Equity & Access Newsletter

Secondary Edition

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How to Make it Through the Holidays Mentally and Emotionally

With the holiday season underway, trying to manage relatives, additional shopping, traveling, deciding who's house to go to when; all of which can be overwhelming and stressful which could also create some anxiety. Here are several ways to keep your sanity during the holiday season.

  1. Make a budget and a plan. Spend an hour or two to create a budget for all the things you need during the holiday season. Work hard to stick to your budget; things can get out of hand quickly if you're not mindful.
  2. A little here, a little there. Shop for one or two people at a time and spread it out over time to keep your stress level low.
  3. The times less traveled. Try to take a couple of days or half days of work off to get some of your shopping done when fewer people are out and about.
  4. Don't spend 40 hours a week on Pinterest. Don't waste your time trying to make everything homemade to make the season more festive for everyone else. Do what's important to you and enjoy spending time with the ones you care about.
  5. Don't overcommit to commitments. Be reasonable about the events you attend, so you don't overextend yourself.
  6. Don't try to be everything to everyone. Just like your money, you have limits on your time. Commit to what you want; and enjoy yourself.
  7. Remember what the time is about. You can spend your time shopping, decorating, or cooking. Focus on loved ones.
  8. Too much sugar isn't too sweet. With all of the holiday goodies that people bring during the holiday season; it's easy to get carried away. Moderation is the key.
  9. Out with the old. Finding ways to declutter your space and gifts can bring a sense of calm to your home and mind.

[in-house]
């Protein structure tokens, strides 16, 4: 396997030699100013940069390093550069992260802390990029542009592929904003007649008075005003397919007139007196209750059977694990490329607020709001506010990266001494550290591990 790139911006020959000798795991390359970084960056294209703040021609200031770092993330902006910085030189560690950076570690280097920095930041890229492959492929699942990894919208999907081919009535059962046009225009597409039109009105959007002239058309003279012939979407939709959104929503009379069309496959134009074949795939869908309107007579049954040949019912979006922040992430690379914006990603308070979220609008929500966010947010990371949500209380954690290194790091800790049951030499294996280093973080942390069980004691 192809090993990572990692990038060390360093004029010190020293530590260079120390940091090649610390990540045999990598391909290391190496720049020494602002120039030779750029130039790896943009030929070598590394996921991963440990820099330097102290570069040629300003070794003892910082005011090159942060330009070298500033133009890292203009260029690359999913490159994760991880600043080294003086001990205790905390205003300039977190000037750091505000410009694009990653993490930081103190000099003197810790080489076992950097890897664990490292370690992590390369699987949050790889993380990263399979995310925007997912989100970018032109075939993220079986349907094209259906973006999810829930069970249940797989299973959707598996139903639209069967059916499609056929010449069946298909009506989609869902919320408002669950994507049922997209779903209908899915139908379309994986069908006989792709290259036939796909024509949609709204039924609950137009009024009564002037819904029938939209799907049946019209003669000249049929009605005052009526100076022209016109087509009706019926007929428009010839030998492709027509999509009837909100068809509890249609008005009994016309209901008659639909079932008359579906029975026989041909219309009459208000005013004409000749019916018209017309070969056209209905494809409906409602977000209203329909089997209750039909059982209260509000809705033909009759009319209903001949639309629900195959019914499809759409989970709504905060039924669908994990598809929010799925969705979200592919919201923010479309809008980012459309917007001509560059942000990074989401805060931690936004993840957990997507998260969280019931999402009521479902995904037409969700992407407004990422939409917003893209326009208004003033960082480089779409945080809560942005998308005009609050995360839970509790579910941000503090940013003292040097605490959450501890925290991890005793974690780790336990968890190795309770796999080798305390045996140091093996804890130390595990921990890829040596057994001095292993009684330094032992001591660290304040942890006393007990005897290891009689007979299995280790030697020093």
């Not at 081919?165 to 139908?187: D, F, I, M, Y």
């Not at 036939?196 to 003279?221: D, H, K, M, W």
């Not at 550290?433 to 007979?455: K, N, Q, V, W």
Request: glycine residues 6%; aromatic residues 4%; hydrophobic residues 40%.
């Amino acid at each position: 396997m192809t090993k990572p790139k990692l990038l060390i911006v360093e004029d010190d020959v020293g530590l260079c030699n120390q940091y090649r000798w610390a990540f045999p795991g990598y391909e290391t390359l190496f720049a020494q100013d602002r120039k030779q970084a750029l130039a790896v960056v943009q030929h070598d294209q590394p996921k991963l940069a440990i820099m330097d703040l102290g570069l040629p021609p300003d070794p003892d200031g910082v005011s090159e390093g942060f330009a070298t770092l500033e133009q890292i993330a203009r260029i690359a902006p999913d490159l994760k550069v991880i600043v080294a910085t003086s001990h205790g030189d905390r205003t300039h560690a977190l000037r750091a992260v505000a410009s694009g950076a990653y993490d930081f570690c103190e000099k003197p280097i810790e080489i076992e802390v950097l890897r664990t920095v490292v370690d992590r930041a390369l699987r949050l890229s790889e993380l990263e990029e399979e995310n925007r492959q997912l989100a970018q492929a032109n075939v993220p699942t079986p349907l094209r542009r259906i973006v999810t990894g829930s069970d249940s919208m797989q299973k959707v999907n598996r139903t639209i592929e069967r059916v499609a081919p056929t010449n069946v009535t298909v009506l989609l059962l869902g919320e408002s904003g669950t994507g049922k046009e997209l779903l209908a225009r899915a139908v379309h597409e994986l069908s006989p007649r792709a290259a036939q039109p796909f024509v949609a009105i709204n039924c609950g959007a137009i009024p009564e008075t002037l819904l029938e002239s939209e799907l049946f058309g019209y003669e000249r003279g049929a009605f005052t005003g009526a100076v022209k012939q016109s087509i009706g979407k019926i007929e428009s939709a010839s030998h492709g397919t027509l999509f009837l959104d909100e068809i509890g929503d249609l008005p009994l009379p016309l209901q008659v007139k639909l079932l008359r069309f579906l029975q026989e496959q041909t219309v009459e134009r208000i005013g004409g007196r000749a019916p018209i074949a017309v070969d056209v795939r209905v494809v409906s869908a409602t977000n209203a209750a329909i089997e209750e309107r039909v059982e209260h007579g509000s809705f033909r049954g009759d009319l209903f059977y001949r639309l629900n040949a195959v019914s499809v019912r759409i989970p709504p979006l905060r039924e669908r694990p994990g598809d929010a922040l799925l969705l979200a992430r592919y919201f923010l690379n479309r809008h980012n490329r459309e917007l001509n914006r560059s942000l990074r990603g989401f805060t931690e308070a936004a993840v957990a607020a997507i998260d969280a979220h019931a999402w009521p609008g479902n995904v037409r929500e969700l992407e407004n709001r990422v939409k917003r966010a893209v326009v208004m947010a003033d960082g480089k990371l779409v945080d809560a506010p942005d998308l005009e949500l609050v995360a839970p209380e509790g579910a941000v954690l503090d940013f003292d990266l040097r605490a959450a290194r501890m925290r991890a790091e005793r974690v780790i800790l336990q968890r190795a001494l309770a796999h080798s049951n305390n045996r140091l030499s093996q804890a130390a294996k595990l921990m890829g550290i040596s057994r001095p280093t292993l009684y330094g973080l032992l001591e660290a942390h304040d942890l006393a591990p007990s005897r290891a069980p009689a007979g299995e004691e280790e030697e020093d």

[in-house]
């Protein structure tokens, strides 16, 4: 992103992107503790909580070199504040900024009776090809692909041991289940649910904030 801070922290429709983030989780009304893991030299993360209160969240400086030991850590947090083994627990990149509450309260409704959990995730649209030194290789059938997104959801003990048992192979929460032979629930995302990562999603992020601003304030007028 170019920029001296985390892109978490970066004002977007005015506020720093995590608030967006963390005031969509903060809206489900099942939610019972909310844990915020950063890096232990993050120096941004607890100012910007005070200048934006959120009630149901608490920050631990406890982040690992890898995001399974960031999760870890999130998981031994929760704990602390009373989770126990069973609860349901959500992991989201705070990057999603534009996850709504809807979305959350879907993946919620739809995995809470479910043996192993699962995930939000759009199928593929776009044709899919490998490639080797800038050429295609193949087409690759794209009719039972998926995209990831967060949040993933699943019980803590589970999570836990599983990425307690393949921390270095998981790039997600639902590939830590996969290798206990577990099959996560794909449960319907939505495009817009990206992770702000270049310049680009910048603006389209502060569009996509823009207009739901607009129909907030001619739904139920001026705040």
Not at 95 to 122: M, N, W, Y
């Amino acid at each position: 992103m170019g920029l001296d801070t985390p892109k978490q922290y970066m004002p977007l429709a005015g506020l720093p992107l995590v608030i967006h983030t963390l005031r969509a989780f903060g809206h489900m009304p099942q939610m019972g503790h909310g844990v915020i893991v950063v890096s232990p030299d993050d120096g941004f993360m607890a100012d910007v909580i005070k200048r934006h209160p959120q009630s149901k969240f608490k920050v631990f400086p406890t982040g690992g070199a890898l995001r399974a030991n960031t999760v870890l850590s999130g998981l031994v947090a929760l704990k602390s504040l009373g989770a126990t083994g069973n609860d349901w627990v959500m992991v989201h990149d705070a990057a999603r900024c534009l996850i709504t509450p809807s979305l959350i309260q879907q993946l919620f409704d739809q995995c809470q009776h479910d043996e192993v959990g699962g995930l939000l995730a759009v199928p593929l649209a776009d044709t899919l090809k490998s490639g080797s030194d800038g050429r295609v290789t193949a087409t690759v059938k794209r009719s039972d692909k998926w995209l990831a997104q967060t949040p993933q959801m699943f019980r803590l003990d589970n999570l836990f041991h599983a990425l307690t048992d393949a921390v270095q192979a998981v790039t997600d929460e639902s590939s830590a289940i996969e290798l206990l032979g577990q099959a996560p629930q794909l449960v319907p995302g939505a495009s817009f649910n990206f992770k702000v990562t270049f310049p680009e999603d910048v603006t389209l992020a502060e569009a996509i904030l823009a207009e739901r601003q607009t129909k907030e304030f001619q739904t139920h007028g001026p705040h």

The holidays are an excellent time for us to decompress and build stronger connections with the people we love; let's not let the pressures of the holiday sabotage our time enjoying friends and family.

9 Ways to Keep Your Holiday Sanity

Solutions, Ramsey. “9 Ways to Keep Your Holiday Sanity.” Daveramsey.com, Dave Ramsey, 4 Nov. 2013, www.daveramsey.com/blog/9-ways-to-keep-holiday-sanity

Reflection from a student - the Day of Dead Field Trip

Teresa Young is the Equity Champion at Westport Middle School. Students were able to attend a Day of the Dead field trip. Teresa shares a student reflection which talks about the importance of culturally relevant field trips for all students. Here is one more example of learning through exploration.

Day of the Dead Student Reflection

How Field Trips Boost Students' Lifelong Success (article)

What's In your Toolbox?

Culturally Relevant Teaching is Not Just About Race

For some educators when they hear the phrasing, "the material must be culturally relevant to engage the student." Some folks have the impression that you're talking about presenting the material to the student based on their race. Even when students identify as the same race, it does not mean that they share the same culture. When appropriate, use culture as an opportunity to engage students in the learning process.